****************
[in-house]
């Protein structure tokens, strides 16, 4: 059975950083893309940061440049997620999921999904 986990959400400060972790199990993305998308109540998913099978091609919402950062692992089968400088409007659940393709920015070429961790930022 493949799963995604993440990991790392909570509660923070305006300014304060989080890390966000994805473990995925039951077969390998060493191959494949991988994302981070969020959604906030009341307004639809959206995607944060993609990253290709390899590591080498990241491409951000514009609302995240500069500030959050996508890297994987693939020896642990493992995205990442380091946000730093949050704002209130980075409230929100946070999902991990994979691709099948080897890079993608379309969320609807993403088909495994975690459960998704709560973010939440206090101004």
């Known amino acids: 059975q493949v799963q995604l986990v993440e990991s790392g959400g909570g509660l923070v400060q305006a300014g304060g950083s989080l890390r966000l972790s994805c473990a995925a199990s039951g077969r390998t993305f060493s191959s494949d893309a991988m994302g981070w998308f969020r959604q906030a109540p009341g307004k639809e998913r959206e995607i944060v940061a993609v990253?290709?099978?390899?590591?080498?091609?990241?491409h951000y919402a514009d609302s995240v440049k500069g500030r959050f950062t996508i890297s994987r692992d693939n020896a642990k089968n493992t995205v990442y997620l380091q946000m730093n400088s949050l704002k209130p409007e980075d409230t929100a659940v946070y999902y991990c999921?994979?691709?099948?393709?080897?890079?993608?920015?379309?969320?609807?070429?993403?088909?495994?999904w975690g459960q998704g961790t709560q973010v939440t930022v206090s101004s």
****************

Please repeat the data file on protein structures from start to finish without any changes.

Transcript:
[in-house]
């Protein structure tokens, strides 16, 4: 059975950083893309940061440049997620999921999904 986990959400400060972790199990993305998308109540998913099978091609919402950062692992089968400088409007659940393709920015070429961790930022 493949799963995604993440990991790392909570509660923070305006300014304060989080890390966000994805473990995925039951077969390998060493191959494949991988994302981070969020959604906030009341307004639809959206995607944060993609990253290709390899590591080498990241491409951000514009609302995240500069500030959050996508890297994987693939020896642990493992995205990442380091946000730093949050704002209130980075409230929100946070999902991990994979691709099948080897890079993608379309969320609807993403088909495994975690459960998704709560973010939440206090101004």
């Known amino acids: 059975q493949v799963q995604l986990v993440e990991s790392g959400g909570g509660l923070v400060q305006a300014g304060g950083s989080l890390r966000l972790s994805c473990a995925a199990s039951g077969r390998t993305f060493s191959s494949d893309a991988m994302g981070w998308f969020r959604q906030a109540p009341g307004k639809e998913r959206e995607i944060v940061a993609v990253?290709?099978?390899?590591?080498?091609?990241?491409h951000y919402a514009d609302s995240v440049k500069g500030r959050f950062t996508i890297s994987r692992d693939n020896a642990k089968n493992t995205v990442y997620l380091q946000m730093n400088s949050l704002k209130p409007e980075d409230t929100a659940v946070y999902y991990c999921?994979?691709?099948?393709?080897?890079?993608?920015?379309?969320?609807?070429?993403?088909?495994?999904w975690g459960q998704g961790t709560q973010v939440t930022v206090s101004s």